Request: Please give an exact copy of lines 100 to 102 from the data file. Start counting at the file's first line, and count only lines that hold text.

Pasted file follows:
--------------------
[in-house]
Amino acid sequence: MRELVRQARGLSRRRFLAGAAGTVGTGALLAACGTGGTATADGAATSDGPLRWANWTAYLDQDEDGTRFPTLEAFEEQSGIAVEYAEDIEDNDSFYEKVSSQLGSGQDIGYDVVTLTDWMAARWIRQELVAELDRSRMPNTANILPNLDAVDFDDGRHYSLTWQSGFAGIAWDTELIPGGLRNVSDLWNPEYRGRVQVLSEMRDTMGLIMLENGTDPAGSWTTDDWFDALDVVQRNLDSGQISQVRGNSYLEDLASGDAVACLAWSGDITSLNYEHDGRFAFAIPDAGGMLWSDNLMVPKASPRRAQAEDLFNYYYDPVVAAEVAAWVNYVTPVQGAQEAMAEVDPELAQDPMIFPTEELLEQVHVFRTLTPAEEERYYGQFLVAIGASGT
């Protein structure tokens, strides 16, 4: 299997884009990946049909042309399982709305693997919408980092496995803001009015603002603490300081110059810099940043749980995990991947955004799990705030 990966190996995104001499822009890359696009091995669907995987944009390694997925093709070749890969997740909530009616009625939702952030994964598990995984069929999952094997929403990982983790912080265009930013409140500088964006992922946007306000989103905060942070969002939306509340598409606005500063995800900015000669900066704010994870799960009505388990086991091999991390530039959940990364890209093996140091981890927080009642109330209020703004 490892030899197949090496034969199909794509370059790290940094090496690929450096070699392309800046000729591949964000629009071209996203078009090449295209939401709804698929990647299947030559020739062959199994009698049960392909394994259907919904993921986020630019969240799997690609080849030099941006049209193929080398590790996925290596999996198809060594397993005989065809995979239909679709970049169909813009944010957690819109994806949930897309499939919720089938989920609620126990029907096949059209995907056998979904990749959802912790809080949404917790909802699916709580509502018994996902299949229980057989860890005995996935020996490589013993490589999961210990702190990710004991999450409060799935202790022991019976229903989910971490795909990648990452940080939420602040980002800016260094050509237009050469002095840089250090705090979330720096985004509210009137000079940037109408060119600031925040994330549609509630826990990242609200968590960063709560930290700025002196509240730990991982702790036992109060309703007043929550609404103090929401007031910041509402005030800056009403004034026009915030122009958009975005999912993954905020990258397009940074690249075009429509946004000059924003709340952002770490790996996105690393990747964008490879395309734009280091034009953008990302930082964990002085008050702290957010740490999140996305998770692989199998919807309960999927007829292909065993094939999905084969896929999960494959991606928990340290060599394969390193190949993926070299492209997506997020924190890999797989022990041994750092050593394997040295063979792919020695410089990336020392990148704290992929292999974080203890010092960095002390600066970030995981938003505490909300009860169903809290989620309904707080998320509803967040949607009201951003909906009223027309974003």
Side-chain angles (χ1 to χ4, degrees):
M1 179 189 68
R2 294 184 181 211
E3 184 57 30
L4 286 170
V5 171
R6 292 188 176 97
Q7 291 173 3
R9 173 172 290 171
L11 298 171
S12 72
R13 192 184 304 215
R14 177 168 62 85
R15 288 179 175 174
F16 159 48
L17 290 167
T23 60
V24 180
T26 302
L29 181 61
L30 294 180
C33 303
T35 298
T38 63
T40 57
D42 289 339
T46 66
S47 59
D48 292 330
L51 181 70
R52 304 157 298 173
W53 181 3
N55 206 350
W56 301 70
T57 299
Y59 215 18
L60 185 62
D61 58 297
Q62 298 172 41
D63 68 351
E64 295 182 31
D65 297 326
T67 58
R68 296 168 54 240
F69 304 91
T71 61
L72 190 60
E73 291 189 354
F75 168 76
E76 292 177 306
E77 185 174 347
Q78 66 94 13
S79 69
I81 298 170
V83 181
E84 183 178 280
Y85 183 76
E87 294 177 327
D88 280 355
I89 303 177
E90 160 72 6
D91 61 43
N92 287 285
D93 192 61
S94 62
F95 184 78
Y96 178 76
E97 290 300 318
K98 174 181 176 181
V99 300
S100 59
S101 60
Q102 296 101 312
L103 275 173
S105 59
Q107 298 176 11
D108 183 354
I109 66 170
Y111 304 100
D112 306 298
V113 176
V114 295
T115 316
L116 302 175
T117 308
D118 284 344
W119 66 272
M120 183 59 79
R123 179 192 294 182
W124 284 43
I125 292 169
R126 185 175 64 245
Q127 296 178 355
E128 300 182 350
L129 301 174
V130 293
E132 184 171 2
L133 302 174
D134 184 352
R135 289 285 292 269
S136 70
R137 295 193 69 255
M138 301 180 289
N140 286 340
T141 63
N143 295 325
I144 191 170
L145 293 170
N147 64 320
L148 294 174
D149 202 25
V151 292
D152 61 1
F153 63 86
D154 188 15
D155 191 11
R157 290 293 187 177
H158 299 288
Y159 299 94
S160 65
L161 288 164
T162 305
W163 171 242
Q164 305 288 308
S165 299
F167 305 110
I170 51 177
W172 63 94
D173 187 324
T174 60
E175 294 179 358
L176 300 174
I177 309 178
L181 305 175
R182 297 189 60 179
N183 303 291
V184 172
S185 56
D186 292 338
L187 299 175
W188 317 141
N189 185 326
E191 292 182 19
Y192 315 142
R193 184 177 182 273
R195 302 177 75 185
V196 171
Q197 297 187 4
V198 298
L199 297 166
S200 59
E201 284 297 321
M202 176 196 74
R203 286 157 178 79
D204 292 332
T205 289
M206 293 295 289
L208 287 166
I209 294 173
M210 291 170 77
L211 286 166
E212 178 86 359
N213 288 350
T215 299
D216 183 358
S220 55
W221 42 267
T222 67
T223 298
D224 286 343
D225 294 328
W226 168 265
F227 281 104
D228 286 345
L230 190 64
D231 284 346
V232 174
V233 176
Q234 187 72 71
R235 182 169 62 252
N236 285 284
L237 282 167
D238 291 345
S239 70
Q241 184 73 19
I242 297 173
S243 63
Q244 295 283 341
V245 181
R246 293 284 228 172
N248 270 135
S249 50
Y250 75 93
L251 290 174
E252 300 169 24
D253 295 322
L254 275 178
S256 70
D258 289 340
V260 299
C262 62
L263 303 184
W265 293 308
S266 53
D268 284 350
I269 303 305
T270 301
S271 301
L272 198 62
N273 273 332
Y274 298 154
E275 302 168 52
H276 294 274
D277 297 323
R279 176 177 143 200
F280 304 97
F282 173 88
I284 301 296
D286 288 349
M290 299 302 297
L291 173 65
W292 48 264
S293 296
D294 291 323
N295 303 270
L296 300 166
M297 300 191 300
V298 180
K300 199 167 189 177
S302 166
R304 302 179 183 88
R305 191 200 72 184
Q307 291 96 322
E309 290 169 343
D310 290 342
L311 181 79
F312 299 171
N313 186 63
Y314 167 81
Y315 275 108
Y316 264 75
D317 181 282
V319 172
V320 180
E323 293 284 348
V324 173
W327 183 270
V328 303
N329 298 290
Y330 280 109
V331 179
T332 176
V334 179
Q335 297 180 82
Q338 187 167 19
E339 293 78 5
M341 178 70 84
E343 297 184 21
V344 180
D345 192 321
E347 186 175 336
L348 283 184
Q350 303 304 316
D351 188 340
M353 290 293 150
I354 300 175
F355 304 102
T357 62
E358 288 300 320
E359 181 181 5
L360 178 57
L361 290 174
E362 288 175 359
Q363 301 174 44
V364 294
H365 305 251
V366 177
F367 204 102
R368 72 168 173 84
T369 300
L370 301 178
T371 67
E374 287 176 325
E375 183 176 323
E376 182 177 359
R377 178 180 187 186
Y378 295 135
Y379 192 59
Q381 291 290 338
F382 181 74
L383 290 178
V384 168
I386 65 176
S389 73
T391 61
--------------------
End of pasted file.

E132 184 171 2
L133 302 174
D134 184 352